Here’s to fall (and boots weather!)

review: galaxy cafe south

Highlights from Galaxy Cafe’s South location last night:

Salad. Crunchy romaine lettuce with lots of cabbage, fresh tomato, and onion. I was so in the mood for a crunchy salad, not a spinach or mesclun greens salad a lot of restaurants have taken to serving these days. I love shallots, so when I saw they offered a roasted shallot vinaigrette I had to have it. The verdict? I probably could’ve drank the stuff if given the opportunity, it was that good. I would go back just for the salad.

Pesto & Mozzarella Polenta Cakes off the dinner specials menu. It did look like sort of a small portion when it came, but once I was done I was decidedly full. The polenta was cooked to perfection and seasoned with italian spices, topped with mozzarella, grilled tomato, and grated parmesan. To top it off, all of the cheesy, tomato-y splendor was bathed in a roasted red pepper sauce. Next time I make polenta at home I’m going to attempt to replicate this, but something tells me I won’t be able to…

Whipped Sweet Potatoes for “dessert”. Light, perfectly cooked, with a good amount of brown sugar and (I suspect) nutmeg. No lumps! It was like eating a cloud made of sweet potatoes. I can’t even begin to tell you how good these are. Galaxy also offers sweet potato fries, which I have a particular affinity for, but I don’t think I could resist these whipped sweet potatoes even for something fried. Which says a lot.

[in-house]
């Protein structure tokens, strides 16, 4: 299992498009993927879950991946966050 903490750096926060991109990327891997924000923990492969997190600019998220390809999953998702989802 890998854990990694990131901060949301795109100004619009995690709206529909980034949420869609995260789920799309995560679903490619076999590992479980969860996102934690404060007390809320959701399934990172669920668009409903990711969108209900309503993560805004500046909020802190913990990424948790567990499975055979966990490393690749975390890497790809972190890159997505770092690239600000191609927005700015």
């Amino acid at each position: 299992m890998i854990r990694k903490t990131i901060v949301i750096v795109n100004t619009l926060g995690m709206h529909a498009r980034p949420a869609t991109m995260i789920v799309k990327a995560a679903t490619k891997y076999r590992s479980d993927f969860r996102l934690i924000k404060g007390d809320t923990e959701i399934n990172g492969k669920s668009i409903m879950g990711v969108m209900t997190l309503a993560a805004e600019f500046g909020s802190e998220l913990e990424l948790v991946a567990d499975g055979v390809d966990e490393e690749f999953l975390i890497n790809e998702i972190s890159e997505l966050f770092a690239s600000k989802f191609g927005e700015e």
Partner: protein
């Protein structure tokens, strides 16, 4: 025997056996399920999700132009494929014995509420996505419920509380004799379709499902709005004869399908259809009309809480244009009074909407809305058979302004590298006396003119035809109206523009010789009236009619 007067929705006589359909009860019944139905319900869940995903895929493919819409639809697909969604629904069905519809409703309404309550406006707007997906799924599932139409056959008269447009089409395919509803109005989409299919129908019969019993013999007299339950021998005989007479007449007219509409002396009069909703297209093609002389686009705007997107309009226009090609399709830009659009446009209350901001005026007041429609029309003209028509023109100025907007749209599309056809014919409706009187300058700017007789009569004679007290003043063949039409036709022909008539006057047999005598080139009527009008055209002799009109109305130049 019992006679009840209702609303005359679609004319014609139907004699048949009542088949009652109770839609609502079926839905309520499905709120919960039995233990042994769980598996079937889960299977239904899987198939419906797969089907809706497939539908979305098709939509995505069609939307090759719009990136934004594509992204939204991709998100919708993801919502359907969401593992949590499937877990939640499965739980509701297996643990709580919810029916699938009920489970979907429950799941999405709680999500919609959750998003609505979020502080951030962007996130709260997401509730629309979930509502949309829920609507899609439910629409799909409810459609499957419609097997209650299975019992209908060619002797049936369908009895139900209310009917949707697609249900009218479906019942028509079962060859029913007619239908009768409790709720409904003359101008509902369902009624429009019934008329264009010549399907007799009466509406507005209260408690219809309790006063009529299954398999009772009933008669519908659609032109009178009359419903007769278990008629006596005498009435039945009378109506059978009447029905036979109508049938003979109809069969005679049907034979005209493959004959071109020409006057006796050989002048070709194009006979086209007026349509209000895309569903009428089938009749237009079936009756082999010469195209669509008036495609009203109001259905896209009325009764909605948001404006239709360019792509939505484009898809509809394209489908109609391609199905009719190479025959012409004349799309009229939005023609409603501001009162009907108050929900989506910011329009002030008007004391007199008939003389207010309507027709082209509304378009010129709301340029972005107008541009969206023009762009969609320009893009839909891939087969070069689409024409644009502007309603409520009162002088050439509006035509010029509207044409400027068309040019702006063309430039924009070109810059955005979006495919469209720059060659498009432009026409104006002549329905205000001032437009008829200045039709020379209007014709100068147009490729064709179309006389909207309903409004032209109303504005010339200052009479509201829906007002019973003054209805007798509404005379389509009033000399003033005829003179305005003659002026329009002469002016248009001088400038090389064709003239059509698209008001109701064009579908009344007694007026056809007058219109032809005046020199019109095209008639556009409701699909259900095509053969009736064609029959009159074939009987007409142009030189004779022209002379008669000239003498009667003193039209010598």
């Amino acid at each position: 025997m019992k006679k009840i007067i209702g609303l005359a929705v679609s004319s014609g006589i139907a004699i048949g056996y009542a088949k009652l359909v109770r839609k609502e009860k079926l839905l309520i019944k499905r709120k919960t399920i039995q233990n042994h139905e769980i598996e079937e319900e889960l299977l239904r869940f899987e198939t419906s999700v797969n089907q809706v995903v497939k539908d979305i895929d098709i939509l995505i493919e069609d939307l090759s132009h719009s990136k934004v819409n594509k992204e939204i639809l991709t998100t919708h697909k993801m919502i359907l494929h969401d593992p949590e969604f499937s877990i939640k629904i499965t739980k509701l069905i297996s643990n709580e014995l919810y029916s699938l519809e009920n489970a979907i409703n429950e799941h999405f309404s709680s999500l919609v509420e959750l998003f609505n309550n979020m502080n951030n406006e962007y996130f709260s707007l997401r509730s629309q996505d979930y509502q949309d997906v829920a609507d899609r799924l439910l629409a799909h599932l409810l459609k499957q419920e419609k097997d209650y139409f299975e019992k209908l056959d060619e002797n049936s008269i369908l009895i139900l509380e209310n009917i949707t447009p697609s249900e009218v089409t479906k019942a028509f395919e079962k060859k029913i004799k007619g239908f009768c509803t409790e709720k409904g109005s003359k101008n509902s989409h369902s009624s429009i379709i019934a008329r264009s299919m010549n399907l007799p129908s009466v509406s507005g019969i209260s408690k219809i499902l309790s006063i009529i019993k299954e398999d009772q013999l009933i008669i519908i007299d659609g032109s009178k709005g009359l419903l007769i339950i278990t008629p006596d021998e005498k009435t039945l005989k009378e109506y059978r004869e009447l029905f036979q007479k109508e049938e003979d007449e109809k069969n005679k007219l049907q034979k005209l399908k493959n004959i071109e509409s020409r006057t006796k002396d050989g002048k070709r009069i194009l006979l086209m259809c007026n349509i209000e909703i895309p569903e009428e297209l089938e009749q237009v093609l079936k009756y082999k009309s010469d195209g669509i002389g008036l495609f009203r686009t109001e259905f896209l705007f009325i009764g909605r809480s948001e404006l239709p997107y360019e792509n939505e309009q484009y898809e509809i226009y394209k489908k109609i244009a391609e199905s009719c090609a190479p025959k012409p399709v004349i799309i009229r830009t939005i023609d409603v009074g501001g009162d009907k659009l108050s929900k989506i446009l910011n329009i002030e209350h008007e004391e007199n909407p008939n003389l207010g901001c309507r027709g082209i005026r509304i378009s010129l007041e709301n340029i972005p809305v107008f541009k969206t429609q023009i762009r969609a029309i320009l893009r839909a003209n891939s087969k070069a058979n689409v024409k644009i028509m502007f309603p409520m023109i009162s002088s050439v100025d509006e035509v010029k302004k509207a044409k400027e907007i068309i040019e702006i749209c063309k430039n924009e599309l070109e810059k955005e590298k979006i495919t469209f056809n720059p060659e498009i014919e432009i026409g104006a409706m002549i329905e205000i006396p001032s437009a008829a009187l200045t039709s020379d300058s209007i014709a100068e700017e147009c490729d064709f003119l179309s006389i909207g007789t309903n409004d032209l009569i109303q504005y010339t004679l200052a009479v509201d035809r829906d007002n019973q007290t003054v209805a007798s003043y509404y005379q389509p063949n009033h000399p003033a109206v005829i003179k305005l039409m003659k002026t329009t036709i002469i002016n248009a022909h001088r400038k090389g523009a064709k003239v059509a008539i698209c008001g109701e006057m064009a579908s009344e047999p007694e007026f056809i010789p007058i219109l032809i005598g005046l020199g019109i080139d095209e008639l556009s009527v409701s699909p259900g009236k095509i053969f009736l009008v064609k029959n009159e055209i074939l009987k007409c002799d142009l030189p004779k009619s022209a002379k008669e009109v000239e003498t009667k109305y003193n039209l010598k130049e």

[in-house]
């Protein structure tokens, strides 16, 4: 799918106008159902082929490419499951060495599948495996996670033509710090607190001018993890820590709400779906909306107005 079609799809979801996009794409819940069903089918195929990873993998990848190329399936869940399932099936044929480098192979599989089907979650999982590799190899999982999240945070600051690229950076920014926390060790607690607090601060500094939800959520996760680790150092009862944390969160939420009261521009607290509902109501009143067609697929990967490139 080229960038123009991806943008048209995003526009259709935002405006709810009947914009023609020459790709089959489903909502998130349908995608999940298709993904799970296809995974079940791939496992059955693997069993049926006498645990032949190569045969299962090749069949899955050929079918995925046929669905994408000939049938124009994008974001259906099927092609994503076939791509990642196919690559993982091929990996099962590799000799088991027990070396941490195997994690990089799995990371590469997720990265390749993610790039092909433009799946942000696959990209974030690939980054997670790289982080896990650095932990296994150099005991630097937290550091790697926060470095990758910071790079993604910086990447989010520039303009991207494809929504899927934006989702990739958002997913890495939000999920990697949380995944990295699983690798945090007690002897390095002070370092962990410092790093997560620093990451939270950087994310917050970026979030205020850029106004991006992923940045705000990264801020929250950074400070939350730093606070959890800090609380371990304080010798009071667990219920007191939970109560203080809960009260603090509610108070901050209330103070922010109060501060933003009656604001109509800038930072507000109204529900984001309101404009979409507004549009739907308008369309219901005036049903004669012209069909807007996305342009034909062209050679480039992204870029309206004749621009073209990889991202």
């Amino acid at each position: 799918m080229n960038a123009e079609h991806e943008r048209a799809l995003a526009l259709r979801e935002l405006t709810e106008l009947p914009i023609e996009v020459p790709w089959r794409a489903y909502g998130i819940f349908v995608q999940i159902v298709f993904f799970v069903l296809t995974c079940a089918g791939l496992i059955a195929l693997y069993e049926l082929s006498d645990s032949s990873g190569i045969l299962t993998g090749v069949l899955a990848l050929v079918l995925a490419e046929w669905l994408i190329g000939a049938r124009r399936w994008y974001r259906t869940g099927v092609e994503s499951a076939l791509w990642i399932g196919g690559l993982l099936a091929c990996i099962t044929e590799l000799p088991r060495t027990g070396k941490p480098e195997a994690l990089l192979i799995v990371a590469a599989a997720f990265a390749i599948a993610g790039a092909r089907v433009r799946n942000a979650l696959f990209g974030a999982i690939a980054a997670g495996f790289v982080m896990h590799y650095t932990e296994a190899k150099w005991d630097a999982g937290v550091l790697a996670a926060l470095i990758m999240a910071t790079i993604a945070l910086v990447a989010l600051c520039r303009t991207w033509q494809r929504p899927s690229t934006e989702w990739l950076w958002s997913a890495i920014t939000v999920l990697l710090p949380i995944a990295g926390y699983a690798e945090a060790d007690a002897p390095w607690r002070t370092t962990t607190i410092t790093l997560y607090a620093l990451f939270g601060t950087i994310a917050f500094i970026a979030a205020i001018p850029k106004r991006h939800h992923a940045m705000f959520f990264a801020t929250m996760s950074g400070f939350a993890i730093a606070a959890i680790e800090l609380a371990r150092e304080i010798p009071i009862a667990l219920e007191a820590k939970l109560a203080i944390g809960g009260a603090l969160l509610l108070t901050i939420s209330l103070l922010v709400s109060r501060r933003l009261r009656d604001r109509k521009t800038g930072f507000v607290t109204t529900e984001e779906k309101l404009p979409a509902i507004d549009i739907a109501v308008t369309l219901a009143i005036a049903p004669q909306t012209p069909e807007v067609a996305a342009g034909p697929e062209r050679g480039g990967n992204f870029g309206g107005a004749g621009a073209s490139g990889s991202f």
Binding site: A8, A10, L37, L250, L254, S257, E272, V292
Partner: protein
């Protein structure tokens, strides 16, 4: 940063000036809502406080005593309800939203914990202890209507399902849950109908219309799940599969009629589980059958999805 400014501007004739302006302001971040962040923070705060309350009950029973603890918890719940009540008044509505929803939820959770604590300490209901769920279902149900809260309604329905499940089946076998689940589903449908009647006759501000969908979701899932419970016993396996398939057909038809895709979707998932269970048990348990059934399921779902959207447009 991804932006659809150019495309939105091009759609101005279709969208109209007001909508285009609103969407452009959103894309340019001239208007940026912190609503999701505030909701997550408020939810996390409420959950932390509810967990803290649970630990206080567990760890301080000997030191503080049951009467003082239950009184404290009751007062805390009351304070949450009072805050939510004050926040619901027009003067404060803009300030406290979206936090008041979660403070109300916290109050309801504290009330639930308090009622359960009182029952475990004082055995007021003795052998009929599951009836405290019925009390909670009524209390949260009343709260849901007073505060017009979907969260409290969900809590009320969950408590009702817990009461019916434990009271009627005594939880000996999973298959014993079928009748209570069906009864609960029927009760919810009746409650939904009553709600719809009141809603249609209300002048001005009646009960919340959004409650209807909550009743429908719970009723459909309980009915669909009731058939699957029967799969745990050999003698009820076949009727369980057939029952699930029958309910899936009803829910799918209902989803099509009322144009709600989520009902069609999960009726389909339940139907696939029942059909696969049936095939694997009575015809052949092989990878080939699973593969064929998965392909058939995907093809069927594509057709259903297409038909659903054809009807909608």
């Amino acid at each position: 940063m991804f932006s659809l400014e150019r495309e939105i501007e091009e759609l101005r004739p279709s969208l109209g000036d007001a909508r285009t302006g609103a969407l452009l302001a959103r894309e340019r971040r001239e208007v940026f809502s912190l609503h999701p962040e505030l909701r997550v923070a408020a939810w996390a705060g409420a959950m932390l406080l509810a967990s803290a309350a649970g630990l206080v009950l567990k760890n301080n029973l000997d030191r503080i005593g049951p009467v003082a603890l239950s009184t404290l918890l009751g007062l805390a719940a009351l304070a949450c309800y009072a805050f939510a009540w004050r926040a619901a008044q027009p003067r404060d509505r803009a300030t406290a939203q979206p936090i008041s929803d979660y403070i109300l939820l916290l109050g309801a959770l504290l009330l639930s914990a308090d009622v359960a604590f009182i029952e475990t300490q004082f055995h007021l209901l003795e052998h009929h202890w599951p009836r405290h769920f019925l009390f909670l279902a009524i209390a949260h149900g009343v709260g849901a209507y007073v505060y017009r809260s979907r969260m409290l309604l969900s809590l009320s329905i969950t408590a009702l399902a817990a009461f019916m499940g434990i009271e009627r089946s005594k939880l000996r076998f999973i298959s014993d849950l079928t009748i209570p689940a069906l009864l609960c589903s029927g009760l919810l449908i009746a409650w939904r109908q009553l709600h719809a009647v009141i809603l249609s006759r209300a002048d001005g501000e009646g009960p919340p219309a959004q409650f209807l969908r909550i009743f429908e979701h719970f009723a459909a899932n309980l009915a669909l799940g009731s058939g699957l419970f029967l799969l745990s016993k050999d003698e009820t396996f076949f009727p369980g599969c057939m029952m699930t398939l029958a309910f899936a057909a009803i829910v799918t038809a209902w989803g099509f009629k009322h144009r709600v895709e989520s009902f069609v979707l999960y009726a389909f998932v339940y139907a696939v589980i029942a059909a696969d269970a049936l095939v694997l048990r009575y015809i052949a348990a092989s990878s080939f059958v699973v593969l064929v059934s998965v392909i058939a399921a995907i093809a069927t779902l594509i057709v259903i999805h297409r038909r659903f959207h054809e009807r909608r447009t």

Places that do standard American fare with inventive twists on them just have a special place in my heart, and for that reason alone I’ll definitely be back to Galaxy South, because they do it extremely well. Second reason for going back: to dip sweet potato fries in whipped sweet potatoes. Don’t judge.

Hop on over to Hopdoddy

In between classes today, I drove down to check out the new addition to South Congress that everyone has been fussing about, Hopdoddy.

Being the progressive burger virtuosos they are, Hopdoddy offers a veggie burger aptly named the Janis Joplin. Now, I’m a fan of the veggie burger that screams “I’m fake meat!” rather than “I’m a bunch of vegetables squished together!” so I was a little wary of the “hemp seed vegetable patty” the Janis featured. But once I tried it, that was that. The patty was moist, like a real burger would have been, and the hemp seeds gave the patty a really nice texture without tasting grainy or (gasp) healthy. It only got better from there. Nevermind the fresh avocado, melty cheddar, overflowing sunflower sprouts, tomato and onion- Hopdoddy has the best bun I’ve had on any burger. Baked fresh, naturally. I’ll just let the photo speak for itself:


The Janis Joplin

Oh, and the condiments! I am such a sucker for condiments, and Hopdoddy puts the perfect twists on classic ketchup and mustard. The chipotle ketchup had just the right amount of spice and acidity, but the horseradish honey mustard was my favorite, and I ended up giving it sole french fry dipping rights about halfway through. If you’re a stark traditionalist, not to worry, there are countless bottles of the regular stuff to bring back to your table. And for the truly Texan, there’s many a bottle of hot sauce right alongside the standard condiment fare.